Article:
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In contrast, she asked, “How does life look without hope?” She explained again. If you don’t have hope, you live upset, have days filled with worry, and you don’t appreciate the days you have but begin dreading something that has not even happened. And if the thing you are anxious about never happens, then you wasted precious moments in a state of anxiety. And if that thing does happen, you will be disappointed, of course, but each day leading up to that will have been disappointing as well.
I chose the former of the two options, and with this newfound hope that I had, a little glimmer began, as small as the flame on a single match. But with passing days, the flame grew, and I could see more in the dark room around me. I could glimpse my friends and family that showed up to help. I caught sight of things in life that I used to love and could love again. With more time, that flame grew into a fire that lit the whole room so that the darkness was gone. Once again, I could tell up from down, and I didn’t feel alone.
A Spotlight on Your Mental Health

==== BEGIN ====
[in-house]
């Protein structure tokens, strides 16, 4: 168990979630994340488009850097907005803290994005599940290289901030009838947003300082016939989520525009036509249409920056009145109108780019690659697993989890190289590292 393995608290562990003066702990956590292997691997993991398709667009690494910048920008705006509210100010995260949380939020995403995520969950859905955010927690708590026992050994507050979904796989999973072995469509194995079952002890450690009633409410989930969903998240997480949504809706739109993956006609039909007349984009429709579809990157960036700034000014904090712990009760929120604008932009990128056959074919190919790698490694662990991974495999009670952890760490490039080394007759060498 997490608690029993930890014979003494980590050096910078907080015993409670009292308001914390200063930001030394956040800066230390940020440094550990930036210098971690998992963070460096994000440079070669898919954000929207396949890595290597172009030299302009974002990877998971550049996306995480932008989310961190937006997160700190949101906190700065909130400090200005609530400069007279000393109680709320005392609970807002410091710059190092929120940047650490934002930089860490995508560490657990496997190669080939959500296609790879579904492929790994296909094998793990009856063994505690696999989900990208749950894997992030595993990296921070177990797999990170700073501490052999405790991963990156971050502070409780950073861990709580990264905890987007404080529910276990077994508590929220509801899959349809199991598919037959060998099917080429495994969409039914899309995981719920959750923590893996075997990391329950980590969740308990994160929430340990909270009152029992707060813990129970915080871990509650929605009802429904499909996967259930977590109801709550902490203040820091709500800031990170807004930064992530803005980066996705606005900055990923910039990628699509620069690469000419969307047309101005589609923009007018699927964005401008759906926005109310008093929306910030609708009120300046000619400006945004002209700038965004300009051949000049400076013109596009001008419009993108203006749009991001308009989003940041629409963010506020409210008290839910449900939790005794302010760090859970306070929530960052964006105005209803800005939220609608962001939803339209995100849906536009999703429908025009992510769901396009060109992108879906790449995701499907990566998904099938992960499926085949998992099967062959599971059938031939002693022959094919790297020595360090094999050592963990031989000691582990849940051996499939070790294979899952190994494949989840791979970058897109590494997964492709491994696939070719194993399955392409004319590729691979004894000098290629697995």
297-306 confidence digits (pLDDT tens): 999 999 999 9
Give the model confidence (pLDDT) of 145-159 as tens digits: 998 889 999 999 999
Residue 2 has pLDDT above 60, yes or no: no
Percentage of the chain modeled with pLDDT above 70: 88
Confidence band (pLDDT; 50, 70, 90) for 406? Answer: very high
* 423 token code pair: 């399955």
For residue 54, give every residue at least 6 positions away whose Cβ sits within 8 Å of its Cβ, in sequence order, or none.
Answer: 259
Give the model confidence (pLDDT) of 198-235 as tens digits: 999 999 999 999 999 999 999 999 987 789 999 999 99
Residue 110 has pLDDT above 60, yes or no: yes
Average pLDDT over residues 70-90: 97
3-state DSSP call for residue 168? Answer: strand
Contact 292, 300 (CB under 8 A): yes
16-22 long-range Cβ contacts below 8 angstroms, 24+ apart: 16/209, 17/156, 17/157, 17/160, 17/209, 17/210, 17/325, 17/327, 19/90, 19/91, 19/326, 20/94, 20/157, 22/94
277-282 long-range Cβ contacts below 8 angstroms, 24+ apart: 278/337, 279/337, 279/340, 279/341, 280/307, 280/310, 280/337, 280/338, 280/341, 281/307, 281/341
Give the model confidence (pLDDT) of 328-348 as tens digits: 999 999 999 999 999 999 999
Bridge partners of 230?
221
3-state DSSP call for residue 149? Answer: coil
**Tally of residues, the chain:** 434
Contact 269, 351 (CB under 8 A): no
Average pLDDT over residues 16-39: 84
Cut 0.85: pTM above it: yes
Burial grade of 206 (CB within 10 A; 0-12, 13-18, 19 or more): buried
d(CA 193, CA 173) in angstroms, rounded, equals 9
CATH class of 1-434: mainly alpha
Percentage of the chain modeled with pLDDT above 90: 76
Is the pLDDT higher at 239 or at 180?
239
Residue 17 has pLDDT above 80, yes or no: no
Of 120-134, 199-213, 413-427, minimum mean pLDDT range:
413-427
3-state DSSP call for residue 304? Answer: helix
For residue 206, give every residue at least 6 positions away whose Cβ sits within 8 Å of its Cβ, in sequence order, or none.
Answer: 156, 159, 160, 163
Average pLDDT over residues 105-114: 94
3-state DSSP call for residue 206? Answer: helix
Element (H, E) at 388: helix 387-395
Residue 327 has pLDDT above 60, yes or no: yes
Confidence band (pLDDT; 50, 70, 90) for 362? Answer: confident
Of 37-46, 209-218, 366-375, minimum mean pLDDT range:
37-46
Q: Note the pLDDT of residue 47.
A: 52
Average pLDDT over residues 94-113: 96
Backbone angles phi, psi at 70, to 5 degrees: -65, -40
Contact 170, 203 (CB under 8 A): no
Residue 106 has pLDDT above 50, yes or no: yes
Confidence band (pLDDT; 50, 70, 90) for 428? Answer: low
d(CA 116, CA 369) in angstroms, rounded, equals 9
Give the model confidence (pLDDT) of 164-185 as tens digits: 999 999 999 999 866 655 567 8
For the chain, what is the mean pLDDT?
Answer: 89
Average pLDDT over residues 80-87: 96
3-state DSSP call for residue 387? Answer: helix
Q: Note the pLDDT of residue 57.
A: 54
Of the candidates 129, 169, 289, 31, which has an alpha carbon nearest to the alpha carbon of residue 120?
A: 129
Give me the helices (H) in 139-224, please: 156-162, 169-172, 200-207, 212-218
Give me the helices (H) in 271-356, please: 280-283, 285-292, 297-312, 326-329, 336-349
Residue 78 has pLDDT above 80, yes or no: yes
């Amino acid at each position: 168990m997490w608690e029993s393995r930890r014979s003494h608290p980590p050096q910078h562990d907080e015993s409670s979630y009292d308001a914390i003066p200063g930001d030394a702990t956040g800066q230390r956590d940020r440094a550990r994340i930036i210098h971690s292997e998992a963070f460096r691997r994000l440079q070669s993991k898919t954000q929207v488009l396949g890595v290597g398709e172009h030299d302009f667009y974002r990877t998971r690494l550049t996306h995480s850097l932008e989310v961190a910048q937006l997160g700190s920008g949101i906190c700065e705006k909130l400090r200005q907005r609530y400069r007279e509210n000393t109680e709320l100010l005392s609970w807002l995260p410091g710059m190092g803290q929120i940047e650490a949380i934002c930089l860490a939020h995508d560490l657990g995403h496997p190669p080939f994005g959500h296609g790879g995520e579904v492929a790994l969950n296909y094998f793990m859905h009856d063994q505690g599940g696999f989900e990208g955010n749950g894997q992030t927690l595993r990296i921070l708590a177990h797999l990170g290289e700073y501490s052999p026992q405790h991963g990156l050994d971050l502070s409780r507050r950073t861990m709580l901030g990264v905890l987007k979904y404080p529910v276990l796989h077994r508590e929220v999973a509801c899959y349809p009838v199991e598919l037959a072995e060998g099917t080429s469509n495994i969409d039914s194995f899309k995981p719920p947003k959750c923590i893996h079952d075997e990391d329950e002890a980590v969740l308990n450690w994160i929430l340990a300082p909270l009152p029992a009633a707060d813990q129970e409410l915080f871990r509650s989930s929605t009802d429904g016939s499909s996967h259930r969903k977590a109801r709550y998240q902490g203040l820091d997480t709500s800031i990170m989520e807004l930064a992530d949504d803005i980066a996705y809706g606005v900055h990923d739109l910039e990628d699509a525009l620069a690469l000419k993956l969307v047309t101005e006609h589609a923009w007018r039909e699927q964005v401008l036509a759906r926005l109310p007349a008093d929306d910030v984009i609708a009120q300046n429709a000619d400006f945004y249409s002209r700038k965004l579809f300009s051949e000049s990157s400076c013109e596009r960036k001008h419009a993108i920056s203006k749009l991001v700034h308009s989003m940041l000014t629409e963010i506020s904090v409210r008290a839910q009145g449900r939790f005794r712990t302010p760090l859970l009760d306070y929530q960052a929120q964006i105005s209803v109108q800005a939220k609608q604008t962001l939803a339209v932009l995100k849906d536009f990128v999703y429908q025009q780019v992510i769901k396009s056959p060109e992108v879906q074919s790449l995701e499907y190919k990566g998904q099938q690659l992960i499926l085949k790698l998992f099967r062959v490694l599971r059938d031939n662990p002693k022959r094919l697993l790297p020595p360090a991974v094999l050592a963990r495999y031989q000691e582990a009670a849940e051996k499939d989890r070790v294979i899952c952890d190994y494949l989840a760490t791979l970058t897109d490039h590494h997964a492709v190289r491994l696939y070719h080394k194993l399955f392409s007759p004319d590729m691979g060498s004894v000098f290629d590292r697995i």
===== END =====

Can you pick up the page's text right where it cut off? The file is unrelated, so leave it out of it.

But growing hope and dealing with fear, anxiety, and depression is not an easy task. Along with dealing with the physical side effects of cancer, it can be easy to let our mental health go by the wayside. So what else can you do to gain a new perspective and take care of your mind and mental wellbeing?
- Talk with someone. This person can be a close friend or trusted family member, or it can be a psychologist, therapist or other trained health care professional. If you need direction, your oncologist can likely point you to helpful, local resources. Your healthcare team is only a call away. Remember, though, you can express your fears, emotions and anxieties on your own terms.
- Join a support group. This can be online or in person. YSC offers both of these options and the ability to connect with other women that have had your same experiences. Not feeling alone is a powerful thing.